Policy and Political Action

Policy & Political Action

Sexual Violence and Harassment

Good Afternoon. My name is Kathleen Fitzgerald and I am presenting today on behalf of the Registered Nurses’ Association of Ontario (RNAO). RNAO is the professional association for registered nurses, nurse practitioners and nursing students who practise in all roles and sectors in Ontario. Our mandate is to advocate for healthy public policy and for the role of nurses in enhancing the health of Ontarians.

The RNAO appreciates this opportunity to appear before this Select Committee on Sexual Violence and Harassment as you look for ways to both prevent and improve our response to Ontarians who have experienced sexual violence and harassment. As part of a comprehensive submission that RNAO will be making, my remarks today will concentrate especially on improving our response to those who have experienced sexual violence and harassment. I am a registered nurse who has worked as a sexual assault nurse examiner for over 25 years. For the last 15 years I have worked as Manager of the Sexual Assault/Partner Abuse and Safe Kids Programs as well as the Ambulatory Care Programs at Lake of the Woods District Hospital in Kenora. Our catchment area covers a vast geographical area the size of France. Over this far-flung terrain, I have the privilege of serving as an expert resource to health, social, and law enforcement colleagues, including 26 nursing stations providing health care services to First Nations' communities in the Sioux Lookout Zone.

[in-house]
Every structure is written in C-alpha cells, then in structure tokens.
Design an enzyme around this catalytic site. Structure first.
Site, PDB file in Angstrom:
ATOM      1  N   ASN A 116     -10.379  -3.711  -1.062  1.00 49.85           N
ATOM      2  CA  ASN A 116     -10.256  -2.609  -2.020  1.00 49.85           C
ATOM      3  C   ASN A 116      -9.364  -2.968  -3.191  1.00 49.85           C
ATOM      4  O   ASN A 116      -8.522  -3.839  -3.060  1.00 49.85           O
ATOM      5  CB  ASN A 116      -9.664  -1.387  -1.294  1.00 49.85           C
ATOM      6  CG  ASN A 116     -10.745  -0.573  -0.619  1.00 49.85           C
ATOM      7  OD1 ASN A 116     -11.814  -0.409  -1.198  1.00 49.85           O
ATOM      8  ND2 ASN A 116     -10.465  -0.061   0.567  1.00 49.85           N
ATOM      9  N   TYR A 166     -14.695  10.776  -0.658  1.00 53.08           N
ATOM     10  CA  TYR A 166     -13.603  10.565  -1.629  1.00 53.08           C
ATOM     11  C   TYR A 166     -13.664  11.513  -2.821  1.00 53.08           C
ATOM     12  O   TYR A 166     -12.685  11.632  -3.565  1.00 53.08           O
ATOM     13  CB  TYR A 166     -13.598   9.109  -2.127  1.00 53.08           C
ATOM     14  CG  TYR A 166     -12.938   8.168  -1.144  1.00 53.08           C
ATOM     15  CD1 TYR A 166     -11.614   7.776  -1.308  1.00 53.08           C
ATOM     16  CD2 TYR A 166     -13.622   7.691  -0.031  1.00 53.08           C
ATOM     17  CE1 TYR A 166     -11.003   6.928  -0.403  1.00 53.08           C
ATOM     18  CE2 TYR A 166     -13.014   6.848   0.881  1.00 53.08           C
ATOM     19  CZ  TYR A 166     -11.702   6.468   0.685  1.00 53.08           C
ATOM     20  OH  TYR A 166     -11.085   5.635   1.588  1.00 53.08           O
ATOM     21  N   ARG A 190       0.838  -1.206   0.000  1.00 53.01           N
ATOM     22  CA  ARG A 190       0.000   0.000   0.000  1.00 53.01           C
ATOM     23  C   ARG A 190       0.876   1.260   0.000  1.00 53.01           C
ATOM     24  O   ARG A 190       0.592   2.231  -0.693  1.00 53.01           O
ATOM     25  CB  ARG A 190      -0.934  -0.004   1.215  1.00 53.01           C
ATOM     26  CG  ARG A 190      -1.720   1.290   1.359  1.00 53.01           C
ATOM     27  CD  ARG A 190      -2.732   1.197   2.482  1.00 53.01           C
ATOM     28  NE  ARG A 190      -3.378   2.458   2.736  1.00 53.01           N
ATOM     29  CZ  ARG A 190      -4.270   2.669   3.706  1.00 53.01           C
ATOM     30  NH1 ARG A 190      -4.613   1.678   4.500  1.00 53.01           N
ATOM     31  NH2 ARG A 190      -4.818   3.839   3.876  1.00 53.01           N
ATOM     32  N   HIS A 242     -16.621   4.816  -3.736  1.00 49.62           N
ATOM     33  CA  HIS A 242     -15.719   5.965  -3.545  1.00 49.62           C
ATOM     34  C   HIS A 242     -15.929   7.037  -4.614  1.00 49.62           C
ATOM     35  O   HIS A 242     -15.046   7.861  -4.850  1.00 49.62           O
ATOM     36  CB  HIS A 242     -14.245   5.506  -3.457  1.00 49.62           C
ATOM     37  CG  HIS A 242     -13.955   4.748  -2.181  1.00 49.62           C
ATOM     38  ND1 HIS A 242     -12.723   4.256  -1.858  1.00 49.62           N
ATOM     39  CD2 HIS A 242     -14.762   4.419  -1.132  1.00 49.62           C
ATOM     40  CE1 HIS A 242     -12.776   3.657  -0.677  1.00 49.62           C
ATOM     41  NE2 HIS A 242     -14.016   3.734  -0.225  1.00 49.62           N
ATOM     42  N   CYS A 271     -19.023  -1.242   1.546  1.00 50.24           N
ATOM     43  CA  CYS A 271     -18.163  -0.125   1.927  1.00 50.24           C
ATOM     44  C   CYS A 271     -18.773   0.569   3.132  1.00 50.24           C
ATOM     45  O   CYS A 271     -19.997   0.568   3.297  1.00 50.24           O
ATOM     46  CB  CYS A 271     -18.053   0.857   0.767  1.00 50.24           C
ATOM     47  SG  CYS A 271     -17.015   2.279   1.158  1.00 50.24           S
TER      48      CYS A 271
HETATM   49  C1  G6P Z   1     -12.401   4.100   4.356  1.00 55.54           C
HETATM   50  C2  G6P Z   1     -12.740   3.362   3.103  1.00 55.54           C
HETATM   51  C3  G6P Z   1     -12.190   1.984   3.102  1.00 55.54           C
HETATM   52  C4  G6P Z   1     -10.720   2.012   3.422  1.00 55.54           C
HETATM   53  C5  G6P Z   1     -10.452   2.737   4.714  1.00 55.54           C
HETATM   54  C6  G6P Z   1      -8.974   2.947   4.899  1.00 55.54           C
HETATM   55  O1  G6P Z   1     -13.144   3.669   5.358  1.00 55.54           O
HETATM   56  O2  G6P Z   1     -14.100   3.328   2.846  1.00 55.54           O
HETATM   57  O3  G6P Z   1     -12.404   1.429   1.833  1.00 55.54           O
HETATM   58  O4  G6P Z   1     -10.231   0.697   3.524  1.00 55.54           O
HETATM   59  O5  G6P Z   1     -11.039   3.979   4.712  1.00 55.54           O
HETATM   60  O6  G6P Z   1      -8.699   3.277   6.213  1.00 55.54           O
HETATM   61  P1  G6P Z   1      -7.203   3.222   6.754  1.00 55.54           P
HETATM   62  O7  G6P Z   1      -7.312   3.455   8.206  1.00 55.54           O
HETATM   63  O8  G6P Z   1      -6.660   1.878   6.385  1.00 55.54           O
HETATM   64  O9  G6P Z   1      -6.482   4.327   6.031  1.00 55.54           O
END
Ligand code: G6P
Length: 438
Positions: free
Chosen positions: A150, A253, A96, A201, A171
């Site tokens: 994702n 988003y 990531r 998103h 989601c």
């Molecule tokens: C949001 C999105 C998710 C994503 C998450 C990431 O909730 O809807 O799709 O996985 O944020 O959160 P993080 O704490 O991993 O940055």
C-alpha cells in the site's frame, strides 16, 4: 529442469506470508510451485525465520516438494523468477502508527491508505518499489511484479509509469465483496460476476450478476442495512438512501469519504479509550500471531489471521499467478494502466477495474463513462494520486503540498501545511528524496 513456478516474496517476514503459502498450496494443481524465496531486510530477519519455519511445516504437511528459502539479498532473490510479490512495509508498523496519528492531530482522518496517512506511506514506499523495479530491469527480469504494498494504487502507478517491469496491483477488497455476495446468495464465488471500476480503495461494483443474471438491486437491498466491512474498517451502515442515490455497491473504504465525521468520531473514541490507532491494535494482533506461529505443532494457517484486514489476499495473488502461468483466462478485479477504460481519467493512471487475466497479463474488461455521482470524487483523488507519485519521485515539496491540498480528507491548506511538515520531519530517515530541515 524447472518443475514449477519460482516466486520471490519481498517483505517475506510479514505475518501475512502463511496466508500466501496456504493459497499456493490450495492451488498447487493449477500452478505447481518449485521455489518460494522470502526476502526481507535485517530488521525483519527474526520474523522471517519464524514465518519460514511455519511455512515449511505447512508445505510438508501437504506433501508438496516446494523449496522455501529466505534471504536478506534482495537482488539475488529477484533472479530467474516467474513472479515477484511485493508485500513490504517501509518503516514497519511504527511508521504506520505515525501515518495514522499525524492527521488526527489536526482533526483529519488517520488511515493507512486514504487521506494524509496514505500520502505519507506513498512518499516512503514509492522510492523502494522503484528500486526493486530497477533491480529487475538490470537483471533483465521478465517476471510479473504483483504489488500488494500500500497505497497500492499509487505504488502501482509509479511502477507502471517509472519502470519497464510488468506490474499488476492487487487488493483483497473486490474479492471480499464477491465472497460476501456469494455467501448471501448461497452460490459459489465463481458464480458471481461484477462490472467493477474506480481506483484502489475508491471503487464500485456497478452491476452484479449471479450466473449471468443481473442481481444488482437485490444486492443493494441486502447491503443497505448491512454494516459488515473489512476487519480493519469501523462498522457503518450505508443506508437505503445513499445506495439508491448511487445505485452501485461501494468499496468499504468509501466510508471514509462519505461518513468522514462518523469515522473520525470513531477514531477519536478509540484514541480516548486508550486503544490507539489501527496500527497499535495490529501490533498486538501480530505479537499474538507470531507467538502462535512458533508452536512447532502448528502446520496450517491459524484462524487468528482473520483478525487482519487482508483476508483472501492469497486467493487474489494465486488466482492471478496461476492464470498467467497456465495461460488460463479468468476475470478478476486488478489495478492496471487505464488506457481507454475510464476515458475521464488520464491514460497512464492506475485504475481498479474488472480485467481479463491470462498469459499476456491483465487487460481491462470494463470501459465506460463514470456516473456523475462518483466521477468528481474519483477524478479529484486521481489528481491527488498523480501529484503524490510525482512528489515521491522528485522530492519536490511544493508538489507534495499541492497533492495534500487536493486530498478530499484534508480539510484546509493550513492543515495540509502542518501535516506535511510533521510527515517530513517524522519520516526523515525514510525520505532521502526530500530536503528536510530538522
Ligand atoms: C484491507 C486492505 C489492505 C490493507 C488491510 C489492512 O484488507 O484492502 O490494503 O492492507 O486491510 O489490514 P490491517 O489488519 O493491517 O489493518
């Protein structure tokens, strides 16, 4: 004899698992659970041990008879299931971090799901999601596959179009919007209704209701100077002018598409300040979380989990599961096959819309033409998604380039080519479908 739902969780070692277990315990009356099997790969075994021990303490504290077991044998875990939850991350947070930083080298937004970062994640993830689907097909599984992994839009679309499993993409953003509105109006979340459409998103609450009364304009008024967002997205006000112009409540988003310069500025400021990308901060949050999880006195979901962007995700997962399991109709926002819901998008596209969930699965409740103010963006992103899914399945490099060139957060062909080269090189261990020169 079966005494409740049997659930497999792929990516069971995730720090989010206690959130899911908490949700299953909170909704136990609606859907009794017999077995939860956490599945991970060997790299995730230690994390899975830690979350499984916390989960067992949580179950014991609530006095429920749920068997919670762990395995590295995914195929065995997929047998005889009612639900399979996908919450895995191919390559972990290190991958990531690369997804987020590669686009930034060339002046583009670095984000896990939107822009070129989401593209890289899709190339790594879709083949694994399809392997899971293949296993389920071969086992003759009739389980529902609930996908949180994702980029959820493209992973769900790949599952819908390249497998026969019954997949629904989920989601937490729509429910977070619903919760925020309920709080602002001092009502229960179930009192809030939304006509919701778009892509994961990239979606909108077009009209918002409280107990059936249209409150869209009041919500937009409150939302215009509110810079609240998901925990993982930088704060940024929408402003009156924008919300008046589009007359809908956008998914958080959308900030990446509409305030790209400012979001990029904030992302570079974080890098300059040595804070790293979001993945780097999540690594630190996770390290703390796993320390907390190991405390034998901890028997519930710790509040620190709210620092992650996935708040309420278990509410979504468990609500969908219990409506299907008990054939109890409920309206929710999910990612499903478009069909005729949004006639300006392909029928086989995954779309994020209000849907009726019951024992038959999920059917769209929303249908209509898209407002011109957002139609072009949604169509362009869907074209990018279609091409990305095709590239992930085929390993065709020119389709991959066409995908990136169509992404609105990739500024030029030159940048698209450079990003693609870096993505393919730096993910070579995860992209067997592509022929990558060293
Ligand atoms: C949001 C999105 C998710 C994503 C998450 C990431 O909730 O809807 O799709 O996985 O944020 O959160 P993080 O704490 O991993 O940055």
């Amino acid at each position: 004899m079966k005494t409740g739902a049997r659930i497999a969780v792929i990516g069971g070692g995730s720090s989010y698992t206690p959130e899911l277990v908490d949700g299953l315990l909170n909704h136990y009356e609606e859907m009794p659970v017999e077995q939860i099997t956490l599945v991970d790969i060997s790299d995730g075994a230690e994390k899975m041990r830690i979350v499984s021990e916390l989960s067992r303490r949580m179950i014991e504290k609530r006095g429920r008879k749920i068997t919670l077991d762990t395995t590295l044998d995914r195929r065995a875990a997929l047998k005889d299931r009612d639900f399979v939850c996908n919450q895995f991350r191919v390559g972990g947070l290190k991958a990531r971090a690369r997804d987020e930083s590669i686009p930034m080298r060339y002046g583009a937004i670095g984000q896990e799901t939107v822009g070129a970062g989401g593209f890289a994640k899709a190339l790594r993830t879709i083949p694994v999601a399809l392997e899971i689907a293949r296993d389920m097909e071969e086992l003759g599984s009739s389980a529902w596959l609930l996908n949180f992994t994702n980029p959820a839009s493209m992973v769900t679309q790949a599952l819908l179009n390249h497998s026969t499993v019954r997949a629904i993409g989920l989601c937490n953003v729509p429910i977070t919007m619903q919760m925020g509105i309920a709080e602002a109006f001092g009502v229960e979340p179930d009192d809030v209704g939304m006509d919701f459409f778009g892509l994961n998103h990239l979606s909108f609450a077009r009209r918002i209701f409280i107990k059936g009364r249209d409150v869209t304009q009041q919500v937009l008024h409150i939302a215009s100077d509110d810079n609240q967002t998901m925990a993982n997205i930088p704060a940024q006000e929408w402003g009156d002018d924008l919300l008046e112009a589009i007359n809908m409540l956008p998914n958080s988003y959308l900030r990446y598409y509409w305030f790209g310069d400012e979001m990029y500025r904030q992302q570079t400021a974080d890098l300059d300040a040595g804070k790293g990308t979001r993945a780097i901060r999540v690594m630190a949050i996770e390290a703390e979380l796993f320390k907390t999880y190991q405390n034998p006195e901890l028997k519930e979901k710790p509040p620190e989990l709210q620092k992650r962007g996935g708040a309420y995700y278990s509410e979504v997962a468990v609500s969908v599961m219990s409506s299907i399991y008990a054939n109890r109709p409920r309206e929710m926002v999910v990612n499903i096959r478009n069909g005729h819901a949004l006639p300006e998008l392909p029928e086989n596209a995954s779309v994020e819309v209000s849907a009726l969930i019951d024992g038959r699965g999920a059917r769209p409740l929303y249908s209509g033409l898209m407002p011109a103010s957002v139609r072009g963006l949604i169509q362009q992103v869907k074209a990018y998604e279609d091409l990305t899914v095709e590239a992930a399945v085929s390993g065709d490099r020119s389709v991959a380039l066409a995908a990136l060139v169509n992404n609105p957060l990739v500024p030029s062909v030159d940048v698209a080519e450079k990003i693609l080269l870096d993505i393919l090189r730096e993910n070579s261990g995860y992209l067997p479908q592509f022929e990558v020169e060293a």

RNAO thanks the many Ontarians from every walk of life who have bravely shared their experiences that prompted the government of Ontario to listen and release, It's Never Okay: An Action Plan to Stop Sexual Violence and Harassment released in March 2015. Today, I would like to speak to the specific Action Plan's commitment #7 to "strengthen supports provided by the hospital-based Sexual and Domestic Violence Treatment Centres to maintain 24/7 access to excellent, appropriate and timely care."

Sexual Assault/ Domestic Violence Treatment Centres (SADVTCs) are hospital-based programs funded by the Ministry of Health and Long-Term Care. There are currently 35 SADVTCs programs across the province. When the programs were originally established, they were monitored under Priority Programs at the Provincial Ministry level to ensure standardized services and financial stability. In 2004, the programs were transferred to the MOHLTC’s Regional Offices and then to the Local Health Integrated Networks as part of the base budget of hospitals. As hospitals worked to balance their budgets, SADVTCs experienced deep program cuts. As a result, education, outreach, follow-up services, and nursing positions were decimated. It is important to recognize that our current situation is that access to 24/7 services is NOT a reality at all 35 sites.

SADVTCs provide acute health care services, forensic services, emotional support, counselling, crisis intervention, mental health assessment, follow-up healthcare, sexual health education, research, outreach to community agencies and events, and education of professionals and the public. Given the complexity of the clinical situations and the multitude of skills and knowledge required to perform this highly specialized service, education and training of staff is paramount upon hiring and throughout employment. This is to ensure skills are up to date, best practices are being used, knowledge on emerging research is current, forensic evidence is sound to ensure its use in court proceedings, and errors and adverse events are avoided.